The decisions you make about content and design will help convert your high adrenaline level to enthusiasm. Whenever you have a choice, select a subject that you know well. Be extremely well prepared. Develop interesting, organized visual aids so that people's eyes will be on them, not just on you. (But don't plan on hiding behind them!)
Put together a particularly interesting introduction and conclusion. Rehearse them to the point of near memorization. A well-mastered introduction will provide your talk with a solid framework to get you beyond your initial nervousness; most people find that after the first few moments of speaking, their anxiety lowers significantly. The well-mastered conclusion will leave your audience with a good impression even if you should stumble somewhere in the body of the presentation.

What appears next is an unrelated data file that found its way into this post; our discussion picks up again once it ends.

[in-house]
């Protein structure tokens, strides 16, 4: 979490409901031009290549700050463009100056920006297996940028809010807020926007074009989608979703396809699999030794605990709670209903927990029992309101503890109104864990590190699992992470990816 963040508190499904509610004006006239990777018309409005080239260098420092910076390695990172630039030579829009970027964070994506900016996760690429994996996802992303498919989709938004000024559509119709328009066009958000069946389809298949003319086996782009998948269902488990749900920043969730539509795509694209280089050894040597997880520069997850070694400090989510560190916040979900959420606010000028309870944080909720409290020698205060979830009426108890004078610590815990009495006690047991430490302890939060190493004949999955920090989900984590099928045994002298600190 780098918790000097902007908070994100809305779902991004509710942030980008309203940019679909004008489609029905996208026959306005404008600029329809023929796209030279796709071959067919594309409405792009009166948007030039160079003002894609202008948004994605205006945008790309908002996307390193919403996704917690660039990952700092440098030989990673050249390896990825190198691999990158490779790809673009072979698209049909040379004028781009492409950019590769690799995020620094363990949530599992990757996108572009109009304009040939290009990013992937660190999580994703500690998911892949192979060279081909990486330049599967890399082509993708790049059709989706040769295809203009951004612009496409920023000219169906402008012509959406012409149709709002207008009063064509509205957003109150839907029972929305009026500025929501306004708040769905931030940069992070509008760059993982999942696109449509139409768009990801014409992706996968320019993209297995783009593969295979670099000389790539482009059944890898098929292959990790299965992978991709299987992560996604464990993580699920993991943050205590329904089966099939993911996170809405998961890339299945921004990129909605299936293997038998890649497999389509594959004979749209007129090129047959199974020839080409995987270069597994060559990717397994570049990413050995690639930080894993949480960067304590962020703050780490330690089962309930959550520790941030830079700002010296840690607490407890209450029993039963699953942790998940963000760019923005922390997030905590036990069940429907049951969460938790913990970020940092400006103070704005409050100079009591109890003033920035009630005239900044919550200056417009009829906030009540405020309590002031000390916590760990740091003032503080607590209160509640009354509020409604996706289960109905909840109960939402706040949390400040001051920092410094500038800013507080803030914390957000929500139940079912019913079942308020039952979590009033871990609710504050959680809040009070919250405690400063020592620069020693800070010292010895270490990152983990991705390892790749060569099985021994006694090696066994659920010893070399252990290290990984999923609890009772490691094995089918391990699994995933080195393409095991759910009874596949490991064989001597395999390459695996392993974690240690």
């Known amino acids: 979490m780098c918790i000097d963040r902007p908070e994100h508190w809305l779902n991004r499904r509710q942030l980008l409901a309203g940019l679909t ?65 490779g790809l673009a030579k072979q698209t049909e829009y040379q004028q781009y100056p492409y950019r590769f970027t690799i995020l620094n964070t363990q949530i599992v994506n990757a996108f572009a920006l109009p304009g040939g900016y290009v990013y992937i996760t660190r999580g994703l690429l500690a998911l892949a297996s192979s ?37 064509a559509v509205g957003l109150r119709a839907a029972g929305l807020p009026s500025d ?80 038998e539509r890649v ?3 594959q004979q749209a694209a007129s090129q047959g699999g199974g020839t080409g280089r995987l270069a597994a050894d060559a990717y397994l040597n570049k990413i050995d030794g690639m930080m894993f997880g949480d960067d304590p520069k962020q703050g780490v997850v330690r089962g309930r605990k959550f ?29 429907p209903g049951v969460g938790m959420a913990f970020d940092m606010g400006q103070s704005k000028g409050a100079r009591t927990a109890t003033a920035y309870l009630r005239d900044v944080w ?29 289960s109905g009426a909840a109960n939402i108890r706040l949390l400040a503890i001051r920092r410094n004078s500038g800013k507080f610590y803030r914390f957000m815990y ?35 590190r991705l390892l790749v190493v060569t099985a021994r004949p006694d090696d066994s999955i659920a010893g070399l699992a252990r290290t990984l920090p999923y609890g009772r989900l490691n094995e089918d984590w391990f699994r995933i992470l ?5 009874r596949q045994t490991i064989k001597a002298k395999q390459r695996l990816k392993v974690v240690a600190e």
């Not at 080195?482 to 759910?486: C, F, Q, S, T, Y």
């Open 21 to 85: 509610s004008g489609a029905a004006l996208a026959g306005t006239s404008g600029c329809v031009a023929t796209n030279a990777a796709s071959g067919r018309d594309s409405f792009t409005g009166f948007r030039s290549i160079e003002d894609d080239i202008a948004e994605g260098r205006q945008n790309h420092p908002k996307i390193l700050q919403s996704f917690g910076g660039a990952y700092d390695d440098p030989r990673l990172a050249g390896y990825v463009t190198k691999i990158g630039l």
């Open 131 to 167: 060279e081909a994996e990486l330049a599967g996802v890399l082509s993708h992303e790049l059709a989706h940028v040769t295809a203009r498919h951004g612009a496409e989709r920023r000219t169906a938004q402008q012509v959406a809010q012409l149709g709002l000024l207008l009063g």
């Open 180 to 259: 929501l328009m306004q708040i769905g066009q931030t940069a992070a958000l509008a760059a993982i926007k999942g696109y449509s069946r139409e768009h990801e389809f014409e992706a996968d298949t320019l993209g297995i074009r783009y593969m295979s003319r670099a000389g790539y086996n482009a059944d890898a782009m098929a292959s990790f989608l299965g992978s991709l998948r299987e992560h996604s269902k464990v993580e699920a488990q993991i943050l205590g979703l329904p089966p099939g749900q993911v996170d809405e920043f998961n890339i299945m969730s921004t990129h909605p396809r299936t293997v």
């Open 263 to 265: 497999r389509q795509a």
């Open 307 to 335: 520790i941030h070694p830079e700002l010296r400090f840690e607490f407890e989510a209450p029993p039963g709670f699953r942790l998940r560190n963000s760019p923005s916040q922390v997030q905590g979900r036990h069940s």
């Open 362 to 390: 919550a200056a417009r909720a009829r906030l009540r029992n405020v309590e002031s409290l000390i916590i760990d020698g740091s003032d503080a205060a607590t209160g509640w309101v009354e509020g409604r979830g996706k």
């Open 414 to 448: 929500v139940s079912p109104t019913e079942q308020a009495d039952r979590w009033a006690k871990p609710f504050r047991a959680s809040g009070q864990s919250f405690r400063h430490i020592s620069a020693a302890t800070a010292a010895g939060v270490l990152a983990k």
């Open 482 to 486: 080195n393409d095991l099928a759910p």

Don't memorize anything word for word, however. For one thing, it can sound stuffy and insincere. For another, if you forget one word or phrase, you will lose your place - and probably your composure. Instead, memorize the outline's key points, along with key words you want to use. You will sound polished and professional, yet natural.
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